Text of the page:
May 7, 2012
What’s with all the anti-spooky programs aimed at exposing paranormal occurrences? It sounds like the makings of a very tragic “airplane food”-esque joke but that particular vein of thought lead me to ponder. With the mortifying rise of reality television, is it safe to say these programs have gotten more dramatic in the past ten years or so? An anonymous blogger by the alias “Nerdia” lists off a detailed outline of the things that bug her about Ghost Hunters International after it made the switch over from her beloved Ghost Hunters. One such criticism especially got the gears turning:
A sudden Christian element (prayers, rosaries) has infiltrated the show and this destroys much of the credibility from the original Ghost Hunters. In fact, there’s a constant assumption of evil. We miss the “ghosts are people too” ethos of the first show. To assume you’re always dealing with eeevil clouds your judgment. (Nerdia)
So, is it dramatized bullshit; for lack of more poignant terminology? This is something I’ve personally seen deteriorate in the quality of these paranormal “investigation” programs. They bide all their time putting together a showy setup and are more often inclined to flee upon the slightest of bumps. Don’t get me started on the infamous “Run, Dude, Run!” quip; courtesy of Brian’s character on GHI. This also throws an even bigger wrench of ideas into the mix. Does religion play a role in one’s ability to believe in the otherwise unexplainable?
Data shown in Alan Orenstein’s work Religion and Paranormal Belief probes at this potential relationship in the probability of believing more in one or the other. A 1995 study “Project Canada” gives us concrete numbers as to how the scale tips. Subjects were asked whether they believe in life after death. Is this a religious or paranormal belief? It correlates with a question about extrasensory perception but has much stronger relationships with believing in heaven and in God. Another inquiry asks whether it is possible to communicate with the dead. This is more strongly related to paranormal than to that of religion. To decide which beliefs are paranormal, their content with other concepts were taken into account, picking those items that have the lowest relationships with “conventional religious beliefs” (Orenstein). This term becomes one which is coined in this section most noticeably. In all, they find results stating that routine church attendance is related to a reduced acceptance of the paranormal. Something this study doesn’t take into account is how a personal experience with the otherwise unexplained can quickly bring into question prior convictions.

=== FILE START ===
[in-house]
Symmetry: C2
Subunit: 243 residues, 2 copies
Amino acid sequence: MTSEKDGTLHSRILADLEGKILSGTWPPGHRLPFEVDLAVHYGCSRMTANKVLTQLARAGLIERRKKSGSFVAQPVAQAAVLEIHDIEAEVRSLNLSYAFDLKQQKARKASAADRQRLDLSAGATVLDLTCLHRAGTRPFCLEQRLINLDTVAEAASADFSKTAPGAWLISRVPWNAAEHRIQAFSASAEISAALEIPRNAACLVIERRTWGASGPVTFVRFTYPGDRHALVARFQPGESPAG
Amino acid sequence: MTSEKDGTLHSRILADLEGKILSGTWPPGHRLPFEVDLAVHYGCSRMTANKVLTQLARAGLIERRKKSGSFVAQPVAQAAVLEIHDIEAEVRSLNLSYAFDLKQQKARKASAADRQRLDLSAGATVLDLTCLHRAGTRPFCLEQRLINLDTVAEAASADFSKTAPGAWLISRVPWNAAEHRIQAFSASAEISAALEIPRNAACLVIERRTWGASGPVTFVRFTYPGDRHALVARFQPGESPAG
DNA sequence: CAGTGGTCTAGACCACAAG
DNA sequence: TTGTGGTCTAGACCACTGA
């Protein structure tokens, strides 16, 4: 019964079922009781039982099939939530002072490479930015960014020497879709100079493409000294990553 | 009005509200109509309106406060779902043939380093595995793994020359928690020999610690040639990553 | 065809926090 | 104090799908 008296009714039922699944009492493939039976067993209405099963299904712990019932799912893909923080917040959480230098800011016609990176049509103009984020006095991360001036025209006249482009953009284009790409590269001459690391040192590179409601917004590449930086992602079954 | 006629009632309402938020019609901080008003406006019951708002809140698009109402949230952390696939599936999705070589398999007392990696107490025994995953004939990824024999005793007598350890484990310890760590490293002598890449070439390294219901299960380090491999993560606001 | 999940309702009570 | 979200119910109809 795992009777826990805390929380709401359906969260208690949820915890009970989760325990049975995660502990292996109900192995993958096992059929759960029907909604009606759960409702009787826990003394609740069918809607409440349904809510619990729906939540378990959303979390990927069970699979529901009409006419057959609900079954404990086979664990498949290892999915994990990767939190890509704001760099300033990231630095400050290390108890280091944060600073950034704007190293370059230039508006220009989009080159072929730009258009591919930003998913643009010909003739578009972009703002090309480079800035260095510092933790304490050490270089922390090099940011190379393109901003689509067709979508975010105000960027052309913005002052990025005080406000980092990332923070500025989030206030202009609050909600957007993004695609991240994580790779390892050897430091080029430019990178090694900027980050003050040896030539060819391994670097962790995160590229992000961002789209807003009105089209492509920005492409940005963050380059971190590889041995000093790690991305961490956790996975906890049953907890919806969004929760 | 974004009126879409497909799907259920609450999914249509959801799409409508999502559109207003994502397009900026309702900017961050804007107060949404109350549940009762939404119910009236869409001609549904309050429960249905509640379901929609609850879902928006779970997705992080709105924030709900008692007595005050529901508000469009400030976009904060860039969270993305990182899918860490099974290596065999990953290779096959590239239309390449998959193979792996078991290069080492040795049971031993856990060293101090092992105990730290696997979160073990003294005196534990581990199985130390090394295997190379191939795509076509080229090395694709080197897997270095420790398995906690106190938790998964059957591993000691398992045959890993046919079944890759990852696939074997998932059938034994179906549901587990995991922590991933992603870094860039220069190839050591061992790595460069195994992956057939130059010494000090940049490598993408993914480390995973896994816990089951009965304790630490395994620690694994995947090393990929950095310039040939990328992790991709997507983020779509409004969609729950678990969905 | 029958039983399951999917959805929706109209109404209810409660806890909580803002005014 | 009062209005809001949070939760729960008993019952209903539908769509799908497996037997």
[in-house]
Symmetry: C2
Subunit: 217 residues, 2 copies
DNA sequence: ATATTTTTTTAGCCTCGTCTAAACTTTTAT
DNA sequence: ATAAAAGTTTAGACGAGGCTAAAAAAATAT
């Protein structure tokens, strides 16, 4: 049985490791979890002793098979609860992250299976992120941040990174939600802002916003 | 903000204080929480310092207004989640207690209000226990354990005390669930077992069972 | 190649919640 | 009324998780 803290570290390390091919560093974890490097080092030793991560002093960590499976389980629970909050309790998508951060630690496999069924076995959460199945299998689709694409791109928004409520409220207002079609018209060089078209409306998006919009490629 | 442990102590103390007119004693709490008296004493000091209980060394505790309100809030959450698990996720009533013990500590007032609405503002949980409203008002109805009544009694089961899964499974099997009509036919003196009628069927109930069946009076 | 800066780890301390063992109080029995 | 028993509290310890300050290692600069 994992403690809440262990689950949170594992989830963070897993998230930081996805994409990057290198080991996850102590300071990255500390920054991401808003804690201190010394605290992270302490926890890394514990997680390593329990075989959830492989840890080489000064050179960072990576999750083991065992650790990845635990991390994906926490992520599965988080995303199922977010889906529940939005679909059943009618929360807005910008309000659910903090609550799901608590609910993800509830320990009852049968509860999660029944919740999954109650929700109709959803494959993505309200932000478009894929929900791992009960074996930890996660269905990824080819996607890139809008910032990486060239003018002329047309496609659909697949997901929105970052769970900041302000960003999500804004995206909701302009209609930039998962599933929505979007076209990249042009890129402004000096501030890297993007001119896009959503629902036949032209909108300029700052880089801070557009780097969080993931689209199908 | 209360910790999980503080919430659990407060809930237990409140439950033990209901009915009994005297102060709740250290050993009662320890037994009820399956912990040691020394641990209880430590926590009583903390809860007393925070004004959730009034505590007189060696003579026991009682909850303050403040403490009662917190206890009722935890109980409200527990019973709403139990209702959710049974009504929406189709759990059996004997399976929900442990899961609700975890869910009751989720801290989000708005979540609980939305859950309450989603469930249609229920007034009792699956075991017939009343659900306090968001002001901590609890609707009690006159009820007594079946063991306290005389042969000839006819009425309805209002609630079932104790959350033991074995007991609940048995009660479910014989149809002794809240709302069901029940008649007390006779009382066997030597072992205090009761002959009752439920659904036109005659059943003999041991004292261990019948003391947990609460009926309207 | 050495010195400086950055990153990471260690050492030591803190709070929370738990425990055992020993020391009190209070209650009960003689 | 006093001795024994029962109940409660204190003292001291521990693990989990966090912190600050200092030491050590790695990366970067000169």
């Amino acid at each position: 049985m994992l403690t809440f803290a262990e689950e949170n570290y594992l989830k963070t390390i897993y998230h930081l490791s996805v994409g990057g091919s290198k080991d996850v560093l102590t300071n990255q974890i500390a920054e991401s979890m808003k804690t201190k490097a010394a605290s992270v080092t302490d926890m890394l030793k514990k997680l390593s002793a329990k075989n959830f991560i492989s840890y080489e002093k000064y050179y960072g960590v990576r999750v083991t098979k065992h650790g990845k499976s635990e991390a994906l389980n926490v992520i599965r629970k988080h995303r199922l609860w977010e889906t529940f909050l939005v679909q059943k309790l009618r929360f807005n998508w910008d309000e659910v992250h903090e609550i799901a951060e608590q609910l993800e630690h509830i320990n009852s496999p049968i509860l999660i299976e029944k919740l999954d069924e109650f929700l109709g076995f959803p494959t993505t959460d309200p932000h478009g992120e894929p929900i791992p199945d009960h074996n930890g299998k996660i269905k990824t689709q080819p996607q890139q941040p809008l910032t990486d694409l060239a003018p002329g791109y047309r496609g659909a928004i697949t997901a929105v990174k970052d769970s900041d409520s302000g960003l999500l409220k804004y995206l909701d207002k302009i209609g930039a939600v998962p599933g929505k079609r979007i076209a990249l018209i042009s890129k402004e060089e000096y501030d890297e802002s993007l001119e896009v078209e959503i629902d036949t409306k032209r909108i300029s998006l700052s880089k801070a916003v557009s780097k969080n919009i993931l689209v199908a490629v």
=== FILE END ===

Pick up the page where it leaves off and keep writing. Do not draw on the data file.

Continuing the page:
Strange things are said to have gone down in an old laboratory located on the corner of Smith Kline and French St. in Philadelphia. The year is 1954 and a janitor pushes his floor-buffer from one side of the hall to the other. Unbeknownst to him, shifting into Phase 3 will be a fatal decision on his part. When plugging it in, an improper connection is made while he’s hooking everything up and the machine becomes electrified. You can imagine the results. Since then, the building has been revamped as was the standard cleaning mechanism standard. However, an apparition of the janitor is said to routinely roam his floor when 1am comes around. Items are allegedly moved around atop of desks and locked doors somehow drift open. Only janitorial positions are allowed access to these rooms’ keys overnight and the culprit is certainly up for debate. An IBEW Local 98 electrical supervisor by the name of Frank Dooley publicly claims to have seen this same janitor nearly 10 years after his machine’s malfunction. Mr. Dooley is my grandfather and I was made aware of this information from my mom during periods of research fluctuation.
For the purpose of lengthening my familiarity with the subject, I performed a few casual interviews with personal acquaintances. It would begin with an offhand “What do you think of spirits or manifestations?” and depending on their to that answers; “Why?”. In some cases it became something of a ghost story session to which I am never opposed. The first such anecdote is recounted directly from my roommate. She began with an instance at her house in New Hampshire wherein she often crashed in the basement. There was this unadulterated feeling of terror whenever she had to get up and go to the bathroom and was desperate to keep the television on at all times. It just gave her bad vibes, made her uncomfortable and irrationally sad. One particular night she awoke to something cold touching the back of her head and neck, perhaps only to run its fingers through her hair; but in her fear she felt as if it was holding her down. This nullified any potential logical reason and she simply put her head down and spoke to God.